High Interest Rates Fueled Discontent With Economy: Harvard Research

Estimated read time 5 min read
  • A group of economists may have figured out why there’s been a disconnect between American consumer sentiment and the underlying economy.
  • It all comes down to how experts measure inflation — and what they leave out.
  • The economists said rising borrowing costs explain over 70% of the sentiment gap.

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Over the past year, experts have puzzled over the disconnect between how Americans say they feel about the economy and the hard economic data that suggests things are going pretty well.

While sentiment has improved a bit in recent months, the “vibecession” still lingers in economists’ minds. Now, a group of them has created an interesting model that suggests much of people’s dissatisfaction with the economy comes down to interest rates.

In a working paper published in February by the National Bureau of Economic Research, the authors, economists from Harvard University and the International Monetary Fund, analyzed whether elevated interest rates could have fueled Americans’ frustrations with the economy.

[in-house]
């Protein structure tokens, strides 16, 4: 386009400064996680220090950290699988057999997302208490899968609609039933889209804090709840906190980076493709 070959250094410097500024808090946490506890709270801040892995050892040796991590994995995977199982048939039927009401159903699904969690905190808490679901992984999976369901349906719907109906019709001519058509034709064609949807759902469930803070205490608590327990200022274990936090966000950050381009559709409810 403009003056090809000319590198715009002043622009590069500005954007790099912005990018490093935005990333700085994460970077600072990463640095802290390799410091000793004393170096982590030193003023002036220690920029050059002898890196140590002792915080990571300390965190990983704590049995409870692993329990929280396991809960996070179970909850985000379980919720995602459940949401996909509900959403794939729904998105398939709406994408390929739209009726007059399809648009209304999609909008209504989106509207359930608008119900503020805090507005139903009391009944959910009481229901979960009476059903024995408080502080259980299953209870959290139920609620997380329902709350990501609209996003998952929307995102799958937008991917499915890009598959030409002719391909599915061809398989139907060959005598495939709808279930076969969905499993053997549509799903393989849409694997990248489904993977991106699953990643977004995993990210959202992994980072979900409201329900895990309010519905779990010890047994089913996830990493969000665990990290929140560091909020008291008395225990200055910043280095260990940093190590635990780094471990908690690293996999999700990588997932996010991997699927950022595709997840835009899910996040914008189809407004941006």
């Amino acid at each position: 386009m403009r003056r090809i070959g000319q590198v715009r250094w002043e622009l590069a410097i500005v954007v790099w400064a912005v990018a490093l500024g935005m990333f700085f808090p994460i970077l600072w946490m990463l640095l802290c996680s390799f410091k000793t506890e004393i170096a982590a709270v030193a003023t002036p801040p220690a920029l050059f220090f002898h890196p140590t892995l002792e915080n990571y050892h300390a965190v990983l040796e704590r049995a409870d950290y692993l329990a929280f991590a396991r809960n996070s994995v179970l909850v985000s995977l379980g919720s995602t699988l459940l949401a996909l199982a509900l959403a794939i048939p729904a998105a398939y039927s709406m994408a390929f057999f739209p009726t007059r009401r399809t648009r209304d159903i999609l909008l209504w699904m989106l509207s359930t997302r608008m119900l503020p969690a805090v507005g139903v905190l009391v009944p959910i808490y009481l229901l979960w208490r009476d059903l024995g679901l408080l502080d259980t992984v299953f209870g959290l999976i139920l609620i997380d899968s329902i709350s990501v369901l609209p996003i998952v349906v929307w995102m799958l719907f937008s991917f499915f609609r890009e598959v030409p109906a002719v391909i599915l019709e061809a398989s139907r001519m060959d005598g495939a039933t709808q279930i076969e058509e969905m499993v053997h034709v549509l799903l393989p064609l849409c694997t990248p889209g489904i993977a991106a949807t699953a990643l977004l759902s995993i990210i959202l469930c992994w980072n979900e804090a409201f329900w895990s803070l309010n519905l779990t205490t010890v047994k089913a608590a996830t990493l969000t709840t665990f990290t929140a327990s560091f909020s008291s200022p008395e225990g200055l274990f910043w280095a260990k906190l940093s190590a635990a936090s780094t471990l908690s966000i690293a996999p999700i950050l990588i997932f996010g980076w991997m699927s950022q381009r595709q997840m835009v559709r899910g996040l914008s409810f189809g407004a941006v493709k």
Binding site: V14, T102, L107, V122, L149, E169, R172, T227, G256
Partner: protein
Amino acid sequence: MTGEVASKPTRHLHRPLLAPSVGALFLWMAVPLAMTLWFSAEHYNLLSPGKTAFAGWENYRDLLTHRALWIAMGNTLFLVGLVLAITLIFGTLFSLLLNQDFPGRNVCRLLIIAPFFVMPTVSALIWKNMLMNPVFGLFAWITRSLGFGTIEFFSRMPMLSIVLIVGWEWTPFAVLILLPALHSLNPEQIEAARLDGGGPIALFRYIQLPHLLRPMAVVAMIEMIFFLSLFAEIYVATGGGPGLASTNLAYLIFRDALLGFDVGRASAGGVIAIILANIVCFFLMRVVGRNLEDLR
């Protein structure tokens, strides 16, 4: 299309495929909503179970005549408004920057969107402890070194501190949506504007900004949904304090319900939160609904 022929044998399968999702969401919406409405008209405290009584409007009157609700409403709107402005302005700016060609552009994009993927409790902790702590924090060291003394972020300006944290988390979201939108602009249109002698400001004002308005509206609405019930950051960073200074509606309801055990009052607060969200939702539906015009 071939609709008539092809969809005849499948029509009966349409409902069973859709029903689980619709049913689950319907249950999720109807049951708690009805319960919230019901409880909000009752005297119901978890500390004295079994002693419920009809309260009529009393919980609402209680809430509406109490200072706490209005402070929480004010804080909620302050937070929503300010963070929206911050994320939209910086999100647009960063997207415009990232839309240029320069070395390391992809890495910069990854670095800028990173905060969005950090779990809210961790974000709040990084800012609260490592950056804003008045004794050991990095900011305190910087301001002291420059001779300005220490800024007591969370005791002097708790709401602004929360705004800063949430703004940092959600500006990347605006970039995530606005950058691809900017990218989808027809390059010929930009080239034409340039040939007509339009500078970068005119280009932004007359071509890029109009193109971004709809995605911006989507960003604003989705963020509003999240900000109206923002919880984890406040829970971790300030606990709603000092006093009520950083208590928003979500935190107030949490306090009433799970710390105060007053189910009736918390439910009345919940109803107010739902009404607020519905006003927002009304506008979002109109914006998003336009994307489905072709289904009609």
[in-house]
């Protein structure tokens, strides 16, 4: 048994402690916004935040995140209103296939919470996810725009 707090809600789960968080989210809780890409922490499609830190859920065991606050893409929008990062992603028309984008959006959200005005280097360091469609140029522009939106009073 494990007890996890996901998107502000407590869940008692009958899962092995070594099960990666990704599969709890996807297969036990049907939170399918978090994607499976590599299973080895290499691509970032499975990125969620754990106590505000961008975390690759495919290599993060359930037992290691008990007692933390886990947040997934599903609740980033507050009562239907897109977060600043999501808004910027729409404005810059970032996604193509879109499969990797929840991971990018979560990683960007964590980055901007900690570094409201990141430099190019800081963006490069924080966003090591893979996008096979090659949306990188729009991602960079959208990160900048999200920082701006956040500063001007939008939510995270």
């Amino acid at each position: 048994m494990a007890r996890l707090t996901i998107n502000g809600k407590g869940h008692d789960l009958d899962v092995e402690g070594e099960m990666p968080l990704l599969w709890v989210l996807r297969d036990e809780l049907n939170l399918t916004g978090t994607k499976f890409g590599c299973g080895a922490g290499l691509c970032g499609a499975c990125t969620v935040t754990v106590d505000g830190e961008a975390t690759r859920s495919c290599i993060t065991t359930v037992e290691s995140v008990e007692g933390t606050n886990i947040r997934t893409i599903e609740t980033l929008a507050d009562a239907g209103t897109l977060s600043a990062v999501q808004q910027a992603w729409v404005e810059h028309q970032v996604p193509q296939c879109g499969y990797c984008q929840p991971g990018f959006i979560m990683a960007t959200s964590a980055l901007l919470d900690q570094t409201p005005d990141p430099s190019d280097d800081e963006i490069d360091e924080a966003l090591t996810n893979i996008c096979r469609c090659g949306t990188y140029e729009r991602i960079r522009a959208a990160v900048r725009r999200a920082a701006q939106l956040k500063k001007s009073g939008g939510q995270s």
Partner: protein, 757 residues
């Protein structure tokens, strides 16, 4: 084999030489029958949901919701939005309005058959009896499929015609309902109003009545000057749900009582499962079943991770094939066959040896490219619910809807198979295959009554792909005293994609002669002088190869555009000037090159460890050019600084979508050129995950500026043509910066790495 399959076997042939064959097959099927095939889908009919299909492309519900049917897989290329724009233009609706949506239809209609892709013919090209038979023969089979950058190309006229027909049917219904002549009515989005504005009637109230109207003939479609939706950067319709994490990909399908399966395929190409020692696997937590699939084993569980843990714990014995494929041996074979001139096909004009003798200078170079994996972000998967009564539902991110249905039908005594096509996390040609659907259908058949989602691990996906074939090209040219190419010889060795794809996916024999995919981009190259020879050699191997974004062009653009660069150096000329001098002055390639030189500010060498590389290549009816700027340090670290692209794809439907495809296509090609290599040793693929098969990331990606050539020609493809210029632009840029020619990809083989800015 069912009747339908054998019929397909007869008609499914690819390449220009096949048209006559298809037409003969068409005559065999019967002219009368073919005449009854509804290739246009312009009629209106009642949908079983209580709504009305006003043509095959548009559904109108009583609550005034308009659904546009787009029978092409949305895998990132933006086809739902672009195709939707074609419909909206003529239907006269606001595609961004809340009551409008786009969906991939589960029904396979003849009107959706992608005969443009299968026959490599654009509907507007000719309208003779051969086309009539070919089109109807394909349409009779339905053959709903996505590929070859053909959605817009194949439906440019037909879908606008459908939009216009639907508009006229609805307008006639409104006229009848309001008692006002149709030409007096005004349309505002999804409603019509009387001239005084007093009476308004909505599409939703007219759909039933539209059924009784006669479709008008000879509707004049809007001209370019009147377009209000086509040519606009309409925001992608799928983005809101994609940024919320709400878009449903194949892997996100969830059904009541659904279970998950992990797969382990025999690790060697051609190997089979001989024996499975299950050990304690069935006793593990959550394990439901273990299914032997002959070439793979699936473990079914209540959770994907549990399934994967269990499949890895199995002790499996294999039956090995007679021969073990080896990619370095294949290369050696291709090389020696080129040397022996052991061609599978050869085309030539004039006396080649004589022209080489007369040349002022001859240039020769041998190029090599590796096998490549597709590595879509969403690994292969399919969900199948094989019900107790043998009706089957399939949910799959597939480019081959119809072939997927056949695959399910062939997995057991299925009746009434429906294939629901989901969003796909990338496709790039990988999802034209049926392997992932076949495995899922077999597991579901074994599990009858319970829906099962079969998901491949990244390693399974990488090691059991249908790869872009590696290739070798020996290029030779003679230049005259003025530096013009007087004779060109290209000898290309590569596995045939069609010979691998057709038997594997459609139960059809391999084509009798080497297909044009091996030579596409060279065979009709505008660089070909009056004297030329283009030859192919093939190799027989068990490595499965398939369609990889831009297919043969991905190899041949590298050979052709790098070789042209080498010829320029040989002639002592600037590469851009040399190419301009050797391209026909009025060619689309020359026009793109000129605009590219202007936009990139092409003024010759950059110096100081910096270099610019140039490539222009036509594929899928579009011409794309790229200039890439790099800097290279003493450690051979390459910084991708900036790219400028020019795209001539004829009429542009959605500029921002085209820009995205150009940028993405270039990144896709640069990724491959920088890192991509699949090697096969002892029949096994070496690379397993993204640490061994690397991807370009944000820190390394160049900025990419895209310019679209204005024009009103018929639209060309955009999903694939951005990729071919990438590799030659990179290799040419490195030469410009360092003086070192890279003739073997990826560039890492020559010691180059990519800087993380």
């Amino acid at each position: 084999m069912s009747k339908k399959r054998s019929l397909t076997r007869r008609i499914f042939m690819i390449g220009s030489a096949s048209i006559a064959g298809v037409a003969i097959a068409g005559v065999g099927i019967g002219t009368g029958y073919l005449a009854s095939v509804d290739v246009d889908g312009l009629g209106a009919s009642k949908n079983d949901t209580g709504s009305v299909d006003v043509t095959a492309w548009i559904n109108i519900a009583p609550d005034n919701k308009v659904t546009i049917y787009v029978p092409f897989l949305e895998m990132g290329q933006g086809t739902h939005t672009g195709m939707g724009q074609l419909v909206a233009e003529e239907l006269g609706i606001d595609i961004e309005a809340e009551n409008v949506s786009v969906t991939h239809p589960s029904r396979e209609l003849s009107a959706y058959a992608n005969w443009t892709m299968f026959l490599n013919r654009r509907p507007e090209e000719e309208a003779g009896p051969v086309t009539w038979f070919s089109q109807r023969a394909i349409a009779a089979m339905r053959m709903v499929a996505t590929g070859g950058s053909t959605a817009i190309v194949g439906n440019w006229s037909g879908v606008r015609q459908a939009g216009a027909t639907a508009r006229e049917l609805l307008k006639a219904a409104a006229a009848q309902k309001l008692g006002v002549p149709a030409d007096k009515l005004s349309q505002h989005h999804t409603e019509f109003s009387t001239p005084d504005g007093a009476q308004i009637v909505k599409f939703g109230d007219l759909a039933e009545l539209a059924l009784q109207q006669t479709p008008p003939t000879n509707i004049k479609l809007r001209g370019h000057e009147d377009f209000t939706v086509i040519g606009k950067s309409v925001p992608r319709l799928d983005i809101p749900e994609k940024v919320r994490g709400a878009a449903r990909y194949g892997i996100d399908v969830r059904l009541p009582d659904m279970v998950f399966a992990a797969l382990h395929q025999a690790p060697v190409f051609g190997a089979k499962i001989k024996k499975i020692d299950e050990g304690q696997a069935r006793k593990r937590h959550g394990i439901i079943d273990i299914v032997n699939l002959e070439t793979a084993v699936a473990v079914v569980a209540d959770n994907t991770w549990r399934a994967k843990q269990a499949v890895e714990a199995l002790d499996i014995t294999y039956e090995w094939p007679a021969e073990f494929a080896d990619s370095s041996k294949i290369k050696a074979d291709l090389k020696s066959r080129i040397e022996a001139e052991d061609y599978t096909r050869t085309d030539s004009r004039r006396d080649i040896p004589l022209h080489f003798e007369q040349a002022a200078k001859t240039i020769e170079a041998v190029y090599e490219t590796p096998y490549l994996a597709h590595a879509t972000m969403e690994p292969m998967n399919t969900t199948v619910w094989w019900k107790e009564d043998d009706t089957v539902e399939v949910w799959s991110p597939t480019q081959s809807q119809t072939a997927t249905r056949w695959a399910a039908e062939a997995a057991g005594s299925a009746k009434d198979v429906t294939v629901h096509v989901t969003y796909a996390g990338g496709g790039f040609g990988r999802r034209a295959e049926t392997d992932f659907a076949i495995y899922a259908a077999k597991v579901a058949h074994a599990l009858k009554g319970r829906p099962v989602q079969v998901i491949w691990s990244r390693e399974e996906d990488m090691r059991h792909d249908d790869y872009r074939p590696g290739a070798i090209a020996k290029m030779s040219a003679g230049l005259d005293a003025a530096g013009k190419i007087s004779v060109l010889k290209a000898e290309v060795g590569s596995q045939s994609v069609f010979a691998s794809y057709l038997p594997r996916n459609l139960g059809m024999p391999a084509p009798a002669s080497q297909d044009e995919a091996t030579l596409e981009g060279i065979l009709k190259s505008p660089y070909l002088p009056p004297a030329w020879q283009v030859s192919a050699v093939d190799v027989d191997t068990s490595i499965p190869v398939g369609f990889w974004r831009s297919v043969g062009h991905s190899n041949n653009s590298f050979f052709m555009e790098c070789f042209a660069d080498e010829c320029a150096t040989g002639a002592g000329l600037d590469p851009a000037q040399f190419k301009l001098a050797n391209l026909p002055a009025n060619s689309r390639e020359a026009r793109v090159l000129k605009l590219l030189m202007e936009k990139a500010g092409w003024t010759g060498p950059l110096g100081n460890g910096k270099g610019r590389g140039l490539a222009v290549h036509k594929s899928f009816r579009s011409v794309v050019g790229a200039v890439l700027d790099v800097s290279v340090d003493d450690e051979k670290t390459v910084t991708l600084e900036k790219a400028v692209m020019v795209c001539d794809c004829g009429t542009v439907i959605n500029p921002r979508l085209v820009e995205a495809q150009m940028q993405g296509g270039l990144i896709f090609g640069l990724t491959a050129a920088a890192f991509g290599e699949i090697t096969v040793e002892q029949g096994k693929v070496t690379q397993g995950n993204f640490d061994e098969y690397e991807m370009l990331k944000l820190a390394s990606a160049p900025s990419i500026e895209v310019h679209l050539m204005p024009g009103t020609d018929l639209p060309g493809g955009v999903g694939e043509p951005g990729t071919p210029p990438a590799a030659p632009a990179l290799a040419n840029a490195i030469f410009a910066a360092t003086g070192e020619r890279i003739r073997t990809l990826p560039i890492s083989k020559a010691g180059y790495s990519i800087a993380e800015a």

To do this, they developed their own inflation calculation, which incorporated rising borrowing costs for things like home and car purchases. They then made two separate predictions of economic sentiment — using both their new inflation measure and the official Bureau of Labor Statistics consumer price index — and compared them to the University of Michigan’s consumer sentiment index, an oft-cited gauge of economic vibes.

When the economists used the official CPI measure, there was a large gap between predicted and actual sentiment. But when they used their revised inflation measure, they found that the 2023 sentiment gap closed by over 70% — suggesting this was a more accurate way to gauge how Americans feel about the economy.

In short, the US’s standard measure of inflation doesn’t capture how much more expensive it is to be in debt these days, even though this could be a major factor explaining Americans’ dissatisfaction with the economy.